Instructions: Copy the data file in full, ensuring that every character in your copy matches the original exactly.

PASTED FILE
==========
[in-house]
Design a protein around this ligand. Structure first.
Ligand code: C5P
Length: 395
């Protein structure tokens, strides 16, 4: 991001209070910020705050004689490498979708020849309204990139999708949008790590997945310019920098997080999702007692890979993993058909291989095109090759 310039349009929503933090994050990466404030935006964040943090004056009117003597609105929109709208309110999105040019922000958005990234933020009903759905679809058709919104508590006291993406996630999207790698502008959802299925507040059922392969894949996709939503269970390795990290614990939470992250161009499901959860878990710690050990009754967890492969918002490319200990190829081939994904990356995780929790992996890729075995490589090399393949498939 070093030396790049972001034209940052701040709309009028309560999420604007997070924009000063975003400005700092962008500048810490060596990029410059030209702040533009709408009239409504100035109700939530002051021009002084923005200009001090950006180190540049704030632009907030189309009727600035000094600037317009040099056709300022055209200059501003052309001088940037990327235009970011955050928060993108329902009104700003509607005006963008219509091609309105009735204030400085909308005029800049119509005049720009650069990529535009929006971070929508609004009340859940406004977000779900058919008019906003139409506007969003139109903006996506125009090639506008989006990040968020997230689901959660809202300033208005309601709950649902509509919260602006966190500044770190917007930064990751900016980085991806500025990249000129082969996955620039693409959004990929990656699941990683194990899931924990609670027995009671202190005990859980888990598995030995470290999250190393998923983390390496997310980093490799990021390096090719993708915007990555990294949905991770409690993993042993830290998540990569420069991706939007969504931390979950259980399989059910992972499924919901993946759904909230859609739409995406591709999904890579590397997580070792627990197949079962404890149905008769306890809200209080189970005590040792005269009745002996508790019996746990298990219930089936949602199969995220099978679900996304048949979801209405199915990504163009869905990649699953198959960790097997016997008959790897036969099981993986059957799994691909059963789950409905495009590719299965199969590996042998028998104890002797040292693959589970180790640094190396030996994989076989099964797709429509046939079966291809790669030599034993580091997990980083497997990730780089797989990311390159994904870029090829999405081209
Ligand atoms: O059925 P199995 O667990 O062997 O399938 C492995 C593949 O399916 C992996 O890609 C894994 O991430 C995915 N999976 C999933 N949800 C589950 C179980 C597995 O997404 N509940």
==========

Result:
[in-house]
Design a protein around this ligand. Structure first.
Ligand code: C5P
Length: 395
């Protein structure tokens, strides 16, 4: 991001209070910020705050004689490498979708020849309204990139999708949008790590997945310019920098997080999702007692890979993993058909291989095109090759 310039349009929503933090994050990466404030935006964040943090004056009117003597609105929109709208309110999105040019922000958005990234933020009903759905679809058709919104508590006291993406996630999207790698502008959802299925507040059922392969894949996709939503269970390795990290614990939470992250161009499901959860878990710690050990009754967890492969918002490319200990190829081939994904990356995780929790992996890729075995490589090399393949498939 070093030396790049972001034209940052701040709309009028309560999420604007997070924009000063975003400005700092962008500048810490060596990029410059030209702040533009709408009239409504100035109700939530002051021009002084923005200009001090950006180190540049704030632009907030189309009727600035000094600037317009040099056709300022055209200059501003052309001088940037990327235009970011955050928060993108329902009104700003509607005006963008219509091609309105009735204030400085909308005029800049119509005049720009650069990529535009929006971070929508609004009340859940406004977000779900058919008019906003139409506007969003139109903006996506125009090639506008989006990040968020997230689901959660809202300033208005309601709950649902509509919260602006966190500044770190917007930064990751900016980085991806500025990249000129082969996955620039693409959004990929990656699941990683194990899931924990609670027995009671202190005990859980888990598995030995470290999250190393998923983390390496997310980093490799990021390096090719993708915007990555990294949905991770409690993993042993830290998540990569420069991706939007969504931390979950259980399989059910992972499924919901993946759904909230859609739409995406591709999904890579590397997580070792627990197949079962404890149905008769306890809200209080189970005590040792005269009745002996508790019996746990298990219930089936949602199969995220099978679900996304048949979801209405199915990504163009869905990649699953198959960790097997016997008959790897036969099981993986059957799994691909059963789950409905495009590719299965199969590996042998028998104890002797040292693959589970180790640094190396030996994989076989099964797709429509046939079966291809790669030599034993580091997990980083497997990730780089797989990311390159994904870029090829999405081209
Ligand atoms: O059925 P199995 O667990 O062997 O399938 C492995 C593949 O399916 C992996 O890609 C894994 O991430 C995915 N999976 C999933 N949800 C589950 C179980 C597995 O997404 N509940």